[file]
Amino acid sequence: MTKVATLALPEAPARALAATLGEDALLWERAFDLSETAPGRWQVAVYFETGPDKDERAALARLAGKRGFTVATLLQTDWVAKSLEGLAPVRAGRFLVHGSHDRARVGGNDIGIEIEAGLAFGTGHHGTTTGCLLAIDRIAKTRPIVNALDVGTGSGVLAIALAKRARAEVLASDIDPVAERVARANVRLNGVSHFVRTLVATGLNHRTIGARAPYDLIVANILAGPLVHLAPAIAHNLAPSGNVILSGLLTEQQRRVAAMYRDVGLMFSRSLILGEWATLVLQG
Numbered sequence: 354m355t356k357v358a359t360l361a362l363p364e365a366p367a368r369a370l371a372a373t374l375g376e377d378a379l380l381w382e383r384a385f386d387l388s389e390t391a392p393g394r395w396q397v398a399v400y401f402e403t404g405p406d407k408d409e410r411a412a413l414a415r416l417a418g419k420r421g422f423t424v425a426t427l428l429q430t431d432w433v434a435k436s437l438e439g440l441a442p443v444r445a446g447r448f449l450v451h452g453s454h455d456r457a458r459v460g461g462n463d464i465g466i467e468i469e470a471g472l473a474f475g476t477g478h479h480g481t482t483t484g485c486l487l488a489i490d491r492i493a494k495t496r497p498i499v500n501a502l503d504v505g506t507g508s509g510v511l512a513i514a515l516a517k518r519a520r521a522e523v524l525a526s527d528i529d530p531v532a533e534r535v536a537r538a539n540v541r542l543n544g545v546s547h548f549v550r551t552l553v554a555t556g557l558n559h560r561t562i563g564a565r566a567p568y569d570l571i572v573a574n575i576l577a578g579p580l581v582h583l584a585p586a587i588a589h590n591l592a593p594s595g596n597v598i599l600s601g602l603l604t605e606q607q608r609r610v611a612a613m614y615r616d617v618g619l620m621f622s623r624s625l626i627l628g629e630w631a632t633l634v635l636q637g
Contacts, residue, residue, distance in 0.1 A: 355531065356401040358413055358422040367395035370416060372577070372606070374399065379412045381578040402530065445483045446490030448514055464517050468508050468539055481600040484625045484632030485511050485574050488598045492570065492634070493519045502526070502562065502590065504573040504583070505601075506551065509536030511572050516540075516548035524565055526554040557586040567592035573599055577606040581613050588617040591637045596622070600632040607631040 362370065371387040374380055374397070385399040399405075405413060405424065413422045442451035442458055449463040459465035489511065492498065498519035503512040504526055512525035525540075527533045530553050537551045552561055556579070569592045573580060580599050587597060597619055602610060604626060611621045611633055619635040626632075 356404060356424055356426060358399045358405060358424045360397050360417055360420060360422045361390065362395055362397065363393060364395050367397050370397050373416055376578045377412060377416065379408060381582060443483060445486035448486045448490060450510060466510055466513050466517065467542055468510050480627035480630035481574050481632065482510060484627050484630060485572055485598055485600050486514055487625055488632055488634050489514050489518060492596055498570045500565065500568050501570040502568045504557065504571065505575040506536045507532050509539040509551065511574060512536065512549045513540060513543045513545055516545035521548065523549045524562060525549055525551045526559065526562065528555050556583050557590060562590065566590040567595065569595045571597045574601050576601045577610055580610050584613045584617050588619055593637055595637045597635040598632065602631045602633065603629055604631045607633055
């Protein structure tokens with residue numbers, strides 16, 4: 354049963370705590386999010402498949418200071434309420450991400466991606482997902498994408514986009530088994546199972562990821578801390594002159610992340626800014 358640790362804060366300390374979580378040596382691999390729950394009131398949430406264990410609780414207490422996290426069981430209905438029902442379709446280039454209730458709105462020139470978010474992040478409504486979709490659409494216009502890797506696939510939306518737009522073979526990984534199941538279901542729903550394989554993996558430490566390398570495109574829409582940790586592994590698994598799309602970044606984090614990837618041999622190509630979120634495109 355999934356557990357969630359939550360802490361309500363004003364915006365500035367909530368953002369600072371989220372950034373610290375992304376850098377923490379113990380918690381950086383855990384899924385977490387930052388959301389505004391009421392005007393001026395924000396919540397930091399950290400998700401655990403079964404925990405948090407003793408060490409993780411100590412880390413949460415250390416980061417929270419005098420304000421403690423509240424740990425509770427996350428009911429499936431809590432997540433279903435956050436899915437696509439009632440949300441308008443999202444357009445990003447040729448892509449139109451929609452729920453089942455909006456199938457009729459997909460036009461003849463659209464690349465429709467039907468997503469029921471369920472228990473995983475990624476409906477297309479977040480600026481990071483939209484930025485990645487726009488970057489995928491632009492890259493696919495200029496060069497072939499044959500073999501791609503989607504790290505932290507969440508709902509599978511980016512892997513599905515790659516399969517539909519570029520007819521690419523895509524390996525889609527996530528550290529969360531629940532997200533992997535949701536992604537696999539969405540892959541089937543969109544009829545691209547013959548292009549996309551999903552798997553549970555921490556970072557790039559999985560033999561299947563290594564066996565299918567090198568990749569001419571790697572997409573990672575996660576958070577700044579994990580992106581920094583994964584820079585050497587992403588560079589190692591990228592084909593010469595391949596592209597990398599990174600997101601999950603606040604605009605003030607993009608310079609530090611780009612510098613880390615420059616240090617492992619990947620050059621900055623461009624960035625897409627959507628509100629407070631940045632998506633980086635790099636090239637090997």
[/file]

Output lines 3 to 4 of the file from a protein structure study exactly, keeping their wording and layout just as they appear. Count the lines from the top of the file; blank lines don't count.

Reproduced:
Contacts, residue, residue, distance in 0.1 A: 355531065356401040358413055358422040367395035370416060372577070372606070374399065379412045381578040402530065445483045446490030448514055464517050468508050468539055481600040484625045484632030485511050485574050488598045492570065492634070493519045502526070502562065502590065504573040504583070505601075506551065509536030511572050516540075516548035524565055526554040557586040567592035573599055577606040581613050588617040591637045596622070600632040607631040 362370065371387040374380055374397070385399040399405075405413060405424065413422045442451035442458055449463040459465035489511065492498065498519035503512040504526055512525035525540075527533045530553050537551045552561055556579070569592045573580060580599050587597060597619055602610060604626060611621045611633055619635040626632075 356404060356424055356426060358399045358405060358424045360397050360417055360420060360422045361390065362395055362397065363393060364395050367397050370397050373416055376578045377412060377416065379408060381582060443483060445486035448486045448490060450510060466510055466513050466517065467542055468510050480627035480630035481574050481632065482510060484627050484630060485572055485598055485600050486514055487625055488632055488634050489514050489518060492596055498570045500565065500568050501570040502568045504557065504571065505575040506536045507532050509539040509551065511574060512536065512549045513540060513543045513545055516545035521548065523549045524562060525549055525551045526559065526562065528555050556583050557590060562590065566590040567595065569595045571597045574601050576601045577610055580610050584613045584617050588619055593637055595637045597635040598632065602631045602633065603629055604631045607633055
């Protein structure tokens with residue numbers, strides 16, 4: 354049963370705590386999010402498949418200071434309420450991400466991606482997902498994408514986009530088994546199972562990821578801390594002159610992340626800014 358640790362804060366300390374979580378040596382691999390729950394009131398949430406264990410609780414207490422996290426069981430209905438029902442379709446280039454209730458709105462020139470978010474992040478409504486979709490659409494216009502890797506696939510939306518737009522073979526990984534199941538279901542729903550394989554993996558430490566390398570495109574829409582940790586592994590698994598799309602970044606984090614990837618041999622190509630979120634495109 355999934356557990357969630359939550360802490361309500363004003364915006365500035367909530368953002369600072371989220372950034373610290375992304376850098377923490379113990380918690381950086383855990384899924385977490387930052388959301389505004391009421392005007393001026395924000396919540397930091399950290400998700401655990403079964404925990405948090407003793408060490409993780411100590412880390413949460415250390416980061417929270419005098420304000421403690423509240424740990425509770427996350428009911429499936431809590432997540433279903435956050436899915437696509439009632440949300441308008443999202444357009445990003447040729448892509449139109451929609452729920453089942455909006456199938457009729459997909460036009461003849463659209464690349465429709467039907468997503469029921471369920472228990473995983475990624476409906477297309479977040480600026481990071483939209484930025485990645487726009488970057489995928491632009492890259493696919495200029496060069497072939499044959500073999501791609503989607504790290505932290507969440508709902509599978511980016512892997513599905515790659516399969517539909519570029520007819521690419523895509524390996525889609527996530528550290529969360531629940532997200533992997535949701536992604537696999539969405540892959541089937543969109544009829545691209547013959548292009549996309551999903552798997553549970555921490556970072557790039559999985560033999561299947563290594564066996565299918567090198568990749569001419571790697572997409573990672575996660576958070577700044579994990580992106581920094583994964584820079585050497587992403588560079589190692591990228592084909593010469595391949596592209597990398599990174600997101601999950603606040604605009605003030607993009608310079609530090611780009612510098613880390615420059616240090617492992619990947620050059621900055623461009624960035625897409627959507628509100629407070631940045632998506633980086635790099636090239637090997």